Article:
The U.S. Energy Information Administration projects that U.S. petroleum and other liquid fuels production, which in addition to crude oil and condensate production includes natural gas plant liquids derived from natural gas processing as well as biofuels and volume gain at refineries, is projected to grow from 14.8 million barrels/day (b/d) in 2015 to 18.6 million b/d in 2040 in its Annual Energy Outlook 2016 (AEO2016) Reference case. Given the uncertainty inherent in making projections, AEO2016 also includes several alternative cases, based on different assumptions for world oil prices, macroeconomic growth, resource availability, technology improvement, and other factors. Differences in crude oil from tight formations (tight oil) and natural gas plant liquids (NGPL) account for most of the differences in production across these cases.
The oil price cases illustrate the effect of higher or lower global crude oil prices on U.S. production and use of petroleum. By 2030, the Brent crude oil spot price averages $49/b in the Low Oil Price case, $104/b in the Reference case, and $207/b in the High Oil Price case. In the High Oil Price case, increased energy efficiency, conservation, and fuel switching reduce projected consumption. The converse is true in the Low Oil Price case, where demand increases in response to low prices. In the High Oil Price case, the United States becomes a net exporter of petroleum and other liquid fuels by 2022.
In the resource and technology cases, the estimated ultimate recovery for shale gas, tight gas, and tight oil wells in the United States, undiscovered resources in Alaska, and the offshore Lower 48 states are 50% higher or 50% lower than in the Reference case. Rates of technological improvement that reduce costs and increase productivity in the United States are also 50% higher or 50% lower than in the Reference case. In the High Oil and Gas Resource and Technology case, the United States becomes a net exporter of petroleum and other liquid fuels by 2024.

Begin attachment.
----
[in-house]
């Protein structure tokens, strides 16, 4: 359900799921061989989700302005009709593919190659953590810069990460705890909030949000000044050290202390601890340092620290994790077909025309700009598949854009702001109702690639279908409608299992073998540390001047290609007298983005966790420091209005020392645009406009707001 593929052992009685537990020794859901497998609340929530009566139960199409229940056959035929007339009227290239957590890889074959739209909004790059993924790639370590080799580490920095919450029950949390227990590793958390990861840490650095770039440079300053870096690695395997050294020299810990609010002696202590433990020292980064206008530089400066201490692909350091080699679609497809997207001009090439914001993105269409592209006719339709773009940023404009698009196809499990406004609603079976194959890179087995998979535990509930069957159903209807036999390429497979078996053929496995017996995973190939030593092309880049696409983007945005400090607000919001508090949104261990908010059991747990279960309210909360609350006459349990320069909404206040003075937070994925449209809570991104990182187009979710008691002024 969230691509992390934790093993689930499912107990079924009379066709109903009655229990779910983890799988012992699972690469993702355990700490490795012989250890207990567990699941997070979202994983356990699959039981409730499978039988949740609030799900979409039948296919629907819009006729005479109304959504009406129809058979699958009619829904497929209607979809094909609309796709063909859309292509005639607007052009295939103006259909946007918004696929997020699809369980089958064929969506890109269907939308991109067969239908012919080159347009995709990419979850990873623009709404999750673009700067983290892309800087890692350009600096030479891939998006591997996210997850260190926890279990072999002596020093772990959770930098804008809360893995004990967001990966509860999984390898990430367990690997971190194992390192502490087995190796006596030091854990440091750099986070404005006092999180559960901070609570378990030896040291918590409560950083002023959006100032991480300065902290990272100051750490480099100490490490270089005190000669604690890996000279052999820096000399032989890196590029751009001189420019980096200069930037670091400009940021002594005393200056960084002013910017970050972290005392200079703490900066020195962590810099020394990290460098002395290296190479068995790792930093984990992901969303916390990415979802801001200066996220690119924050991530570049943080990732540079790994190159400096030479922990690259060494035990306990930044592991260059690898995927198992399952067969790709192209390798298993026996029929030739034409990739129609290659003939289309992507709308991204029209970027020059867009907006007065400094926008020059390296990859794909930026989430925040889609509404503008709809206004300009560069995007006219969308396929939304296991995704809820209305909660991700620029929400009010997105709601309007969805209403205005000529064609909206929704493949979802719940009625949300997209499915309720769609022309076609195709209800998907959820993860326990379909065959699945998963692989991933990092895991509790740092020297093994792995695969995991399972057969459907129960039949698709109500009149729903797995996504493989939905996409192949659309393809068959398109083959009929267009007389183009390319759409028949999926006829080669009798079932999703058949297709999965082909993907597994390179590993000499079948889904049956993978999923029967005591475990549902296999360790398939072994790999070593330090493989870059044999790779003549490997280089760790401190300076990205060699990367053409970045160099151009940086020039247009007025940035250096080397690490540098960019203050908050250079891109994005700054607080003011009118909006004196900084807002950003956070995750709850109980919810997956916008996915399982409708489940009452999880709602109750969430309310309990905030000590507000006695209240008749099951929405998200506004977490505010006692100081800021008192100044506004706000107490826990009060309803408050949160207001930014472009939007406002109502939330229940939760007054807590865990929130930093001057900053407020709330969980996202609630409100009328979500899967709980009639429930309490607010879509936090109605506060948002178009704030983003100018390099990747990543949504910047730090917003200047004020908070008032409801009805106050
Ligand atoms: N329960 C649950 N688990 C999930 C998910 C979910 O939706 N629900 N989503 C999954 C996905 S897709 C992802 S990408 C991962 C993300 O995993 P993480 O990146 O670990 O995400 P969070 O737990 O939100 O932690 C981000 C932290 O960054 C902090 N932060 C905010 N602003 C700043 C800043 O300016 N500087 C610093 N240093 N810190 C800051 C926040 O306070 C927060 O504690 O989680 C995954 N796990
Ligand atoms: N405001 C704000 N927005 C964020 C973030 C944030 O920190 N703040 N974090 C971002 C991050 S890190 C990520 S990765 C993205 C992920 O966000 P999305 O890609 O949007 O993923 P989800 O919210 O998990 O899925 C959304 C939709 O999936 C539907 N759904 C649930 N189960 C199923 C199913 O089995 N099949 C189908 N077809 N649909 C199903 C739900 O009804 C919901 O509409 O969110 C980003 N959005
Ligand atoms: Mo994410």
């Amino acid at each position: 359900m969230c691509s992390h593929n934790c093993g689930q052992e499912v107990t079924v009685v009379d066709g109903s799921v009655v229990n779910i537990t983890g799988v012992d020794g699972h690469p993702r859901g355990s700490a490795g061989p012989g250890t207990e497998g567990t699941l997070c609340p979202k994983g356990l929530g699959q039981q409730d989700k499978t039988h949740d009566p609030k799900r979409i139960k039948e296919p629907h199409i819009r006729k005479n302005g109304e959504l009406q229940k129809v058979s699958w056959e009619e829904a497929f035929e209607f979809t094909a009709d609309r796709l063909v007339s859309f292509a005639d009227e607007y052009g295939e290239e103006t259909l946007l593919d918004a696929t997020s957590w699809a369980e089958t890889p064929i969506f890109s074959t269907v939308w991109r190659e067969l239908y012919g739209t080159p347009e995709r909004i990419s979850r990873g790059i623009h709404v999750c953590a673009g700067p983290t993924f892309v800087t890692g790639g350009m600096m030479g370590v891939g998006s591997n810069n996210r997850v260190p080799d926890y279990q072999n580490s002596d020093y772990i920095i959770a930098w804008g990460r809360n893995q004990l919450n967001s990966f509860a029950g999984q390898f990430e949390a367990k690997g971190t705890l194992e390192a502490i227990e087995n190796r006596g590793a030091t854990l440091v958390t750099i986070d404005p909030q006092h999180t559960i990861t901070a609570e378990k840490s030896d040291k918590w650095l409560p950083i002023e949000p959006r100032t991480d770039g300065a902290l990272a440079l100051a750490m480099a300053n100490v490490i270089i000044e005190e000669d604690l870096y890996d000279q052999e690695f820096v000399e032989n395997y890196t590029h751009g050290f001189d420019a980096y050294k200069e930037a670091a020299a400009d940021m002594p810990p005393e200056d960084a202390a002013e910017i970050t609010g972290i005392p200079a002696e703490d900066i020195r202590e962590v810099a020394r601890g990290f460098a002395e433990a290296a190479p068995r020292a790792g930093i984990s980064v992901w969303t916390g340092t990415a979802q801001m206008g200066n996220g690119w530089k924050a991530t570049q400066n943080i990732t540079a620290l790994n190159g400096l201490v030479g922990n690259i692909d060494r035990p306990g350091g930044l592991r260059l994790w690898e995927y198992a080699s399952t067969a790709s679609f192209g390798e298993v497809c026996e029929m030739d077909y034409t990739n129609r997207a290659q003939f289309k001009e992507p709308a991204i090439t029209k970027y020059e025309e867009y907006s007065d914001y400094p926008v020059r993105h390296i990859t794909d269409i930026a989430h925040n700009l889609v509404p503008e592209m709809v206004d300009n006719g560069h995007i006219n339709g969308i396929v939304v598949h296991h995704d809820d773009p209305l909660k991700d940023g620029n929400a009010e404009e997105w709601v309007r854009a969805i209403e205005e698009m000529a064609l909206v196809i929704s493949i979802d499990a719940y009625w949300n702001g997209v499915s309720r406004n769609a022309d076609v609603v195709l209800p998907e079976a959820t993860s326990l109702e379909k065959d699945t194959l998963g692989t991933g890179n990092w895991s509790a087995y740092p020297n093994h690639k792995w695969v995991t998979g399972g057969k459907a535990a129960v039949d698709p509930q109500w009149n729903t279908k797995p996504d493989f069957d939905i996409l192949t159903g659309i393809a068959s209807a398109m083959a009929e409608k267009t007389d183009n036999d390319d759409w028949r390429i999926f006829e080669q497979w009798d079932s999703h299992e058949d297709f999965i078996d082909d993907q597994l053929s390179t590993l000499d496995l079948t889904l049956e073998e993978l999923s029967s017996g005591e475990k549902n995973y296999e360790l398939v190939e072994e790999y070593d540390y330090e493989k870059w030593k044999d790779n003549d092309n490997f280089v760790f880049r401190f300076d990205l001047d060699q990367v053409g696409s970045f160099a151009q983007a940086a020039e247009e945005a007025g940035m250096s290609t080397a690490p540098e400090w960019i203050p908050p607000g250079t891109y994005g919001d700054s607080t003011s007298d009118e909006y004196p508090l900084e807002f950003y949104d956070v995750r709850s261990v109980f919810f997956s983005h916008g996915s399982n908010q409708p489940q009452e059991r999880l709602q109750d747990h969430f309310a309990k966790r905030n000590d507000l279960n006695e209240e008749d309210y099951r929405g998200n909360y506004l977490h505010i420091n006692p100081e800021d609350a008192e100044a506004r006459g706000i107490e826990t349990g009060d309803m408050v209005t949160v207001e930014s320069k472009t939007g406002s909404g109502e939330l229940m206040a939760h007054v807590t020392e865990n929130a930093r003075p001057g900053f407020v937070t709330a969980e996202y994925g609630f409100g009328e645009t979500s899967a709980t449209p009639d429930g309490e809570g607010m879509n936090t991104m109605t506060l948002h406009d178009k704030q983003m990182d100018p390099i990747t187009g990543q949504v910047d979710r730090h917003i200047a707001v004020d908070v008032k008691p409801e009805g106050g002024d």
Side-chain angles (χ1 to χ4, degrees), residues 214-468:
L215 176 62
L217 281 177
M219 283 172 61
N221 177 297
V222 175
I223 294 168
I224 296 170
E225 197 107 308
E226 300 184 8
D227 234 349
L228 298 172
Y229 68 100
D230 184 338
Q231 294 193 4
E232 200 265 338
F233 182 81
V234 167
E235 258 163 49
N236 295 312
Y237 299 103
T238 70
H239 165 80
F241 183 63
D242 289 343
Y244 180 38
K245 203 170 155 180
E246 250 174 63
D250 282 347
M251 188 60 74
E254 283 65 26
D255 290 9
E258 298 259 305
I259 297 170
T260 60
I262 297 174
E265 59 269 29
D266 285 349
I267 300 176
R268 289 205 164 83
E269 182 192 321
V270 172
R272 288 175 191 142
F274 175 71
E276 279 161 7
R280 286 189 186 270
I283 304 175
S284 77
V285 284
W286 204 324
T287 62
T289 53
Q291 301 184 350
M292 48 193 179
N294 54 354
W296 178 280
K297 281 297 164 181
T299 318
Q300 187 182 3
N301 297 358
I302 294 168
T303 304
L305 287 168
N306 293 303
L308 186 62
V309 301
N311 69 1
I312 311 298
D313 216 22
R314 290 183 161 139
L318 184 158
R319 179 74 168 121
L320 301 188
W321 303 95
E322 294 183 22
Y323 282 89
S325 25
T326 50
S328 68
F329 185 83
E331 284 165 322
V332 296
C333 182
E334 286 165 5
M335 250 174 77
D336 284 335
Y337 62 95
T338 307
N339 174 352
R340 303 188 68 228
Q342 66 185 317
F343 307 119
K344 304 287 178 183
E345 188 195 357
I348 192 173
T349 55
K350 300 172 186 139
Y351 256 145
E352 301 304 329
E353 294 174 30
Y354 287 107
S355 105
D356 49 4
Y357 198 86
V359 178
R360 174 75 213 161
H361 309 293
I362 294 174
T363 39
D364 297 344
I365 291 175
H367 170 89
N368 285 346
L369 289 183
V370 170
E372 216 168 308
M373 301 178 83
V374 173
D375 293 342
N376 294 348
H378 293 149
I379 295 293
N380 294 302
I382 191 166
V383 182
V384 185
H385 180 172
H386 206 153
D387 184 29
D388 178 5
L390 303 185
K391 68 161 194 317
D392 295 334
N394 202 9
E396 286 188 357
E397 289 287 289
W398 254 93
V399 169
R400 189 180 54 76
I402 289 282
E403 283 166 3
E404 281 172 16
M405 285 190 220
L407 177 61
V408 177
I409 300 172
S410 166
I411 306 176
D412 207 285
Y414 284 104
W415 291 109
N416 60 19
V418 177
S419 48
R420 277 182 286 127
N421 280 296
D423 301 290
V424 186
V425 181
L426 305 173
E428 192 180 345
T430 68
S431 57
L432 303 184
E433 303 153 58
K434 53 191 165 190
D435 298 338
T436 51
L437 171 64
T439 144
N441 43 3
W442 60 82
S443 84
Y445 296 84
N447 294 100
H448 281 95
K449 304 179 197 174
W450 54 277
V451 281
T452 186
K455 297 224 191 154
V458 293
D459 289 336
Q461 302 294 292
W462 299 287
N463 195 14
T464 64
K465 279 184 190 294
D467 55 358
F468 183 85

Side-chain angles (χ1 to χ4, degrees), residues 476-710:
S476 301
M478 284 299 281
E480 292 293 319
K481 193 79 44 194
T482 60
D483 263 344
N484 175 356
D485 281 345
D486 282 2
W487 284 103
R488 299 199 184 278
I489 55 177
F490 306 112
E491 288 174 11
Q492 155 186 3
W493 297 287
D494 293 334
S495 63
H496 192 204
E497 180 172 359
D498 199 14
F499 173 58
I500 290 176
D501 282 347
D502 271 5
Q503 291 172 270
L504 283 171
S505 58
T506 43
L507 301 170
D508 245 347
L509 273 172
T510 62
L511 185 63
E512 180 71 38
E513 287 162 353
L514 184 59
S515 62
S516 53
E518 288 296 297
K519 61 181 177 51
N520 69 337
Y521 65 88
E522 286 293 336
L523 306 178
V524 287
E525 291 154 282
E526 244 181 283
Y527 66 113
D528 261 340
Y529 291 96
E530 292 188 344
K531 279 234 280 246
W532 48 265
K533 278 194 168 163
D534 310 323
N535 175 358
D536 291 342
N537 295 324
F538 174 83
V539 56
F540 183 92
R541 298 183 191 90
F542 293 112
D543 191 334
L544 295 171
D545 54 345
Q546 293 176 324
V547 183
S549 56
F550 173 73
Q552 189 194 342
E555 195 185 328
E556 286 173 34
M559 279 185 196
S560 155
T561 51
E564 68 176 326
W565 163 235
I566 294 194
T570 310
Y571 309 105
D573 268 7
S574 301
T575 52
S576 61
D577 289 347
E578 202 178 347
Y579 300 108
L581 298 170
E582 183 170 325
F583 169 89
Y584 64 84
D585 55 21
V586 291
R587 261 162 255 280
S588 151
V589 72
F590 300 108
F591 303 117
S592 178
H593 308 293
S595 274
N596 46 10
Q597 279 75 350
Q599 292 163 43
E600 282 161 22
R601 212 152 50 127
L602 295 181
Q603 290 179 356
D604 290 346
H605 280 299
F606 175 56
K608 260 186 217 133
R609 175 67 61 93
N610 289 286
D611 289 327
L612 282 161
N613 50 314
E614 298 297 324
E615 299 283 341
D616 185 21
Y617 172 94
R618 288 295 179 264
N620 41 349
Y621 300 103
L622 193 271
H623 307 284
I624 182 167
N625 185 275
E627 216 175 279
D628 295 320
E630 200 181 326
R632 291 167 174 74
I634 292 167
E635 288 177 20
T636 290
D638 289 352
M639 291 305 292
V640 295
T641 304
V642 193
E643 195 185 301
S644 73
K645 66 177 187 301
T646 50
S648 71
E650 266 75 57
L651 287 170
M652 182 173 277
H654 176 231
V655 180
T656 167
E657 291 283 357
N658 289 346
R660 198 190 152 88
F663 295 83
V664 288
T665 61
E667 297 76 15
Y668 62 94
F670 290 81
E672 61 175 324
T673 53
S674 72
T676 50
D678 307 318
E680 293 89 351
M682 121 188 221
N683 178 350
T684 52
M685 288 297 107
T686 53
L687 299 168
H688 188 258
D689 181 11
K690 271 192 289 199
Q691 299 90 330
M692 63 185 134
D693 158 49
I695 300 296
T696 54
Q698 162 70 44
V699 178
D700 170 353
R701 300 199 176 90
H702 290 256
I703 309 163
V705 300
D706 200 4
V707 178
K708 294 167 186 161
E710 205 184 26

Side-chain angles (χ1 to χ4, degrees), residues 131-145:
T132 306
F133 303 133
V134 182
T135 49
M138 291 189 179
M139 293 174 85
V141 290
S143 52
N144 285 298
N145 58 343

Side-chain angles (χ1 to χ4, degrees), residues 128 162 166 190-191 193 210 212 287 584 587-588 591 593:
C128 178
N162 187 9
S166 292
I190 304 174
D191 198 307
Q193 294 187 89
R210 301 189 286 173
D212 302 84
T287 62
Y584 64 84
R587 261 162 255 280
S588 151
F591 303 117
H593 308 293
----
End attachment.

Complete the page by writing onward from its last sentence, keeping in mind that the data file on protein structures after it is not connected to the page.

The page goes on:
Tight oil. In the Reference case, relatively low prices through 2017 have the greatest effect on tight oil production, which drops to 4.2 million b/d in 2017 before increasing to 7.1 million b/d in 2040. The increase in tight oil production is largely attributed to higher oil prices and the ongoing exploration and development programs that expand operator knowledge about producing reservoirs. Of all the crude oil and liquids types, tight oil changes the most across cases: in the High and Low Resource/Technology cases, tight oil production in 2040 ranges from 3.12 million b/d in the Low Resource/Technology case to 12.9 million b/d in the High Resource/Technology case.
Natural gas plant liquids. Production of NGPL increases throughout the Reference case projection, from 3.3 million b/d in 2015 to 4.8 million b/d in 2025, and then more slowly through 2040, reaching 5.0 million b/d as growth in wet natural gas production slows. Future NGPL production depends on both domestic resources and the differential between crude oil prices and natural gas prices.
Offshore and Alaska crude oil. Production in Alaska continues to decline through 2040, dropping to less than 0.2 million b/d in 2040. Offshore production is less sensitive to short-term price movements than onshore production.
Biofuels. Supply from renewable sources grows slowly throughout the projection, and is less sensitive to price assumptions, remaining at about 1 million b/d throughout the projection across the oil price cases.
Other liquid fuels. Neither gas-to-liquids nor coal-to-liquids contribute to domestic production in most of the AEO2016 cases because of the risks associated with their high capital costs, long construction lead times, and the likelihood they will not remain price-competitive with crude oil over facility lifetimes. However, both become economic in the High Oil Price case after 2020, combining to add 1.1 million b/d to domestic liquid fuel supply by 2040.
Principal contributor: Laura Singer